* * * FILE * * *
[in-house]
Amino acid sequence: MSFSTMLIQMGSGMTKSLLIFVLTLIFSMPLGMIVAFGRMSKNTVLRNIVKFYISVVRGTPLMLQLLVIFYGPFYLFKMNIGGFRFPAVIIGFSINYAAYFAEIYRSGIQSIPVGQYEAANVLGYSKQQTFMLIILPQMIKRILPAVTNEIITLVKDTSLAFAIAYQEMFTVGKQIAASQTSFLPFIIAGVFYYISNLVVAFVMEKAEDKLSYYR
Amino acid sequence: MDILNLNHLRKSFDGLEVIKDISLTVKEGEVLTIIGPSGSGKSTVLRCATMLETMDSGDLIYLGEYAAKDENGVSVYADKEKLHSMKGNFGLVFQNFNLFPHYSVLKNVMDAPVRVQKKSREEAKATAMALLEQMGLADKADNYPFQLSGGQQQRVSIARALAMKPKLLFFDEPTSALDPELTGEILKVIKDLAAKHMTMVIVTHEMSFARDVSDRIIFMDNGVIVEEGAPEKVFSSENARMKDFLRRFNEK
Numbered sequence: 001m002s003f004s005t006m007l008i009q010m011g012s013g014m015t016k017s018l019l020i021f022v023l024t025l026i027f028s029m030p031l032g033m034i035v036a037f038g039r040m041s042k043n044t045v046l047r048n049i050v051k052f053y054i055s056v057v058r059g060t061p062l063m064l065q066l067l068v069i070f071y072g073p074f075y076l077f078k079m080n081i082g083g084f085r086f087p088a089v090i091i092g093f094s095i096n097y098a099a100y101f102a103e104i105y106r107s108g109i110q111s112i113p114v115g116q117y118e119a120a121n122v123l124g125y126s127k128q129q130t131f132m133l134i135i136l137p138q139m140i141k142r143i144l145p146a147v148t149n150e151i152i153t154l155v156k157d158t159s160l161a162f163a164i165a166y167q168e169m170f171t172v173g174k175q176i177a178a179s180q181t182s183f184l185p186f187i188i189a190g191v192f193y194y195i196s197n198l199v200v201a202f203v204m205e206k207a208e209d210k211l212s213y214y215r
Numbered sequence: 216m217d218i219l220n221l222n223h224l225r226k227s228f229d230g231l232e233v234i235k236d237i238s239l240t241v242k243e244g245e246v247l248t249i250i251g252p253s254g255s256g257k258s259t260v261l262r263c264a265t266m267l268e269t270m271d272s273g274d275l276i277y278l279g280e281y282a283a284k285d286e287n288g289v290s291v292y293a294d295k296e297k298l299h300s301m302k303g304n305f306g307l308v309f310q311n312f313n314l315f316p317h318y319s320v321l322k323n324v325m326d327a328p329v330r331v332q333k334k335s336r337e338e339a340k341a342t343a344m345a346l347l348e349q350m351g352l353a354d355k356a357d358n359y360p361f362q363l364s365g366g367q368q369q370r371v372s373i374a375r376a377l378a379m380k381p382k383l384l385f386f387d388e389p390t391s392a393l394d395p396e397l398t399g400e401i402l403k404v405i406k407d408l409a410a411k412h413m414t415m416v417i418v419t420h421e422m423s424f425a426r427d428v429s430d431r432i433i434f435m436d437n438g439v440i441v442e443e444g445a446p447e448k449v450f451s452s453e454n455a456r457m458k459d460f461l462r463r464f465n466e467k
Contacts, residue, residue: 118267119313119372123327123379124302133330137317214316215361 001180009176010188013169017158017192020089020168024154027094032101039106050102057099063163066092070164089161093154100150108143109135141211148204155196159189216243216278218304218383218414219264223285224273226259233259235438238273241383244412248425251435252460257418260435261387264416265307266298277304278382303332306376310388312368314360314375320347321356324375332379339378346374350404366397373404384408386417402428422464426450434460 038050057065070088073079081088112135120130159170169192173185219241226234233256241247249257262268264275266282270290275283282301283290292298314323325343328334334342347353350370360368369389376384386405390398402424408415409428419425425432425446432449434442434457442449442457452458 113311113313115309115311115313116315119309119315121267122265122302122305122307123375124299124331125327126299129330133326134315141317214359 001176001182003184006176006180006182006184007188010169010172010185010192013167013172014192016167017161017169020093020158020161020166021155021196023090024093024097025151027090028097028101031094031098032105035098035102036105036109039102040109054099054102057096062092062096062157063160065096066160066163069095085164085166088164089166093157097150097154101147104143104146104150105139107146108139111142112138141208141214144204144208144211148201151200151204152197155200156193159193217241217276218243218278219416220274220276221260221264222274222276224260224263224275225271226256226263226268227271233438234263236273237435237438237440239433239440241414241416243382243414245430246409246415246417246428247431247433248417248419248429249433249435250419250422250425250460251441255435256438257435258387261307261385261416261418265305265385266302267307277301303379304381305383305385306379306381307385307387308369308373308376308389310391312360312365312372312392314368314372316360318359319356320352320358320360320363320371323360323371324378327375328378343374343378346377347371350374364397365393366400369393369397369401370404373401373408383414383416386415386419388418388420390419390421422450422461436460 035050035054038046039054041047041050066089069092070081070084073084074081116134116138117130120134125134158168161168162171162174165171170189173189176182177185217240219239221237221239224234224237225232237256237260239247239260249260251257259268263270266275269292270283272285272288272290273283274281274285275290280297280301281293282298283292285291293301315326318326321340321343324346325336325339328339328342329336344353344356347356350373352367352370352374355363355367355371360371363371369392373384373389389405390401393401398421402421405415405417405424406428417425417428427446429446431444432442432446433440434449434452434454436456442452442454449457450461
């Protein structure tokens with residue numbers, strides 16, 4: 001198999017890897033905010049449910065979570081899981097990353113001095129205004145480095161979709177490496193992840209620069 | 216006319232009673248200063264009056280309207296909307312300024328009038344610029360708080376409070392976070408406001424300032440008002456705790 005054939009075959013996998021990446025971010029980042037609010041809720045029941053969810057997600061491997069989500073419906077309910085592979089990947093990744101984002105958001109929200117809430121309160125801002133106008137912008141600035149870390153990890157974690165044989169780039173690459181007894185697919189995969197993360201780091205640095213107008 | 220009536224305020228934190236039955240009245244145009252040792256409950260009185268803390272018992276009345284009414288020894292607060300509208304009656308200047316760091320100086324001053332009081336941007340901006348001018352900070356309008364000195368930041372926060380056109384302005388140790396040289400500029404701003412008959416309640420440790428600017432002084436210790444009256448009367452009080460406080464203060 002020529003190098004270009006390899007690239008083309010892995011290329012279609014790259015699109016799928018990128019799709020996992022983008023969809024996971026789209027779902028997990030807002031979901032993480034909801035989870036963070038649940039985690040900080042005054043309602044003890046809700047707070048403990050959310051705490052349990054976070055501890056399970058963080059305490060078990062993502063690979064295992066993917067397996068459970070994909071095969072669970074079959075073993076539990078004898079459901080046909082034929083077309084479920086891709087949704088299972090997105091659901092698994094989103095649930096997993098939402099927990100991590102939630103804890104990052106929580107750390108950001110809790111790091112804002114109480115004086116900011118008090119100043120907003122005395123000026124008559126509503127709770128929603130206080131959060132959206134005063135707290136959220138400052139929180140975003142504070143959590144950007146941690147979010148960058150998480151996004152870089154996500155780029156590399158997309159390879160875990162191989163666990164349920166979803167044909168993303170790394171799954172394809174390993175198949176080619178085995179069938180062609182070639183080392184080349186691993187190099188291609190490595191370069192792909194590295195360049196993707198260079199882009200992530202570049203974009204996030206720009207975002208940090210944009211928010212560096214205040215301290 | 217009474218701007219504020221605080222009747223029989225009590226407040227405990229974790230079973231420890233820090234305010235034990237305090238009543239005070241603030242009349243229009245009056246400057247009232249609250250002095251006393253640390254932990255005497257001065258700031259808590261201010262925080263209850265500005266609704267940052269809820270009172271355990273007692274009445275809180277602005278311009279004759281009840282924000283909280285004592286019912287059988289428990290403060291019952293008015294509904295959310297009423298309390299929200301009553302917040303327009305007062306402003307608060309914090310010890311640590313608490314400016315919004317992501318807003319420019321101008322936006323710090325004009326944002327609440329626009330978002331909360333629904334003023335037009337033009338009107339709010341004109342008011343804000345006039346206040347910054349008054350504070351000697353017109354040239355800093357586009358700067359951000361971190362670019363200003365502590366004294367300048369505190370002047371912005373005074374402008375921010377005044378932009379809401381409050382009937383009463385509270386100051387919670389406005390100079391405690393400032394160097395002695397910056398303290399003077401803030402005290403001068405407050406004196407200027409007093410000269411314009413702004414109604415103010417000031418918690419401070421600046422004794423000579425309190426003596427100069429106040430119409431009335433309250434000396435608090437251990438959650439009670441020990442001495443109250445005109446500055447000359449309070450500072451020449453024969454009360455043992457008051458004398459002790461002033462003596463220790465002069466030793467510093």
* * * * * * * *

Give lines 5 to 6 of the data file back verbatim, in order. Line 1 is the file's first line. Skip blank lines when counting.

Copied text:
Numbered sequence: 216m217d218i219l220n221l222n223h224l225r226k227s228f229d230g231l232e233v234i235k236d237i238s239l240t241v242k243e244g245e246v247l248t249i250i251g252p253s254g255s256g257k258s259t260v261l262r263c264a265t266m267l268e269t270m271d272s273g274d275l276i277y278l279g280e281y282a283a284k285d286e287n288g289v290s291v292y293a294d295k296e297k298l299h300s301m302k303g304n305f306g307l308v309f310q311n312f313n314l315f316p317h318y319s320v321l322k323n324v325m326d327a328p329v330r331v332q333k334k335s336r337e338e339a340k341a342t343a344m345a346l347l348e349q350m351g352l353a354d355k356a357d358n359y360p361f362q363l364s365g366g367q368q369q370r371v372s373i374a375r376a377l378a379m380k381p382k383l384l385f386f387d388e389p390t391s392a393l394d395p396e397l398t399g400e401i402l403k404v405i406k407d408l409a410a411k412h413m414t415m416v417i418v419t420h421e422m423s424f425a426r427d428v429s430d431r432i433i434f435m436d437n438g439v440i441v442e443e444g445a446p447e448k449v450f451s452s453e454n455a456r457m458k459d460f461l462r463r464f465n466e467k
Contacts, residue, residue: 118267119313119372123327123379124302133330137317214316215361 001180009176010188013169017158017192020089020168024154027094032101039106050102057099063163066092070164089161093154100150108143109135141211148204155196159189216243216278218304218383218414219264223285224273226259233259235438238273241383244412248425251435252460257418260435261387264416265307266298277304278382303332306376310388312368314360314375320347321356324375332379339378346374350404366397373404384408386417402428422464426450434460 038050057065070088073079081088112135120130159170169192173185219241226234233256241247249257262268264275266282270290275283282301283290292298314323325343328334334342347353350370360368369389376384386405390398402424408415409428419425425432425446432449434442434457442449442457452458 113311113313115309115311115313116315119309119315121267122265122302122305122307123375124299124331125327126299129330133326134315141317214359 001176001182003184006176006180006182006184007188010169010172010185010192013167013172014192016167017161017169020093020158020161020166021155021196023090024093024097025151027090028097028101031094031098032105035098035102036105036109039102040109054099054102057096062092062096062157063160065096066160066163069095085164085166088164089166093157097150097154101147104143104146104150105139107146108139111142112138141208141214144204144208144211148201151200151204152197155200156193159193217241217276218243218278219416220274220276221260221264222274222276224260224263224275225271226256226263226268227271233438234263236273237435237438237440239433239440241414241416243382243414245430246409246415246417246428247431247433248417248419248429249433249435250419250422250425250460251441255435256438257435258387261307261385261416261418265305265385266302267307277301303379304381305383305385306379306381307385307387308369308373308376308389310391312360312365312372312392314368314372316360318359319356320352320358320360320363320371323360323371324378327375328378343374343378346377347371350374364397365393366400369393369397369401370404373401373408383414383416386415386419388418388420390419390421422450422461436460 035050035054038046039054041047041050066089069092070081070084073084074081116134116138117130120134125134158168161168162171162174165171170189173189176182177185217240219239221237221239224234224237225232237256237260239247239260249260251257259268263270266275269292270283272285272288272290273283274281274285275290280297280301281293282298283292285291293301315326318326321340321343324346325336325339328339328342329336344353344356347356350373352367352370352374355363355367355371360371363371369392373384373389389405390401393401398421402421405415405417405424406428417425417428427446429446431444432442432446433440434449434452434454436456442452442454449457450461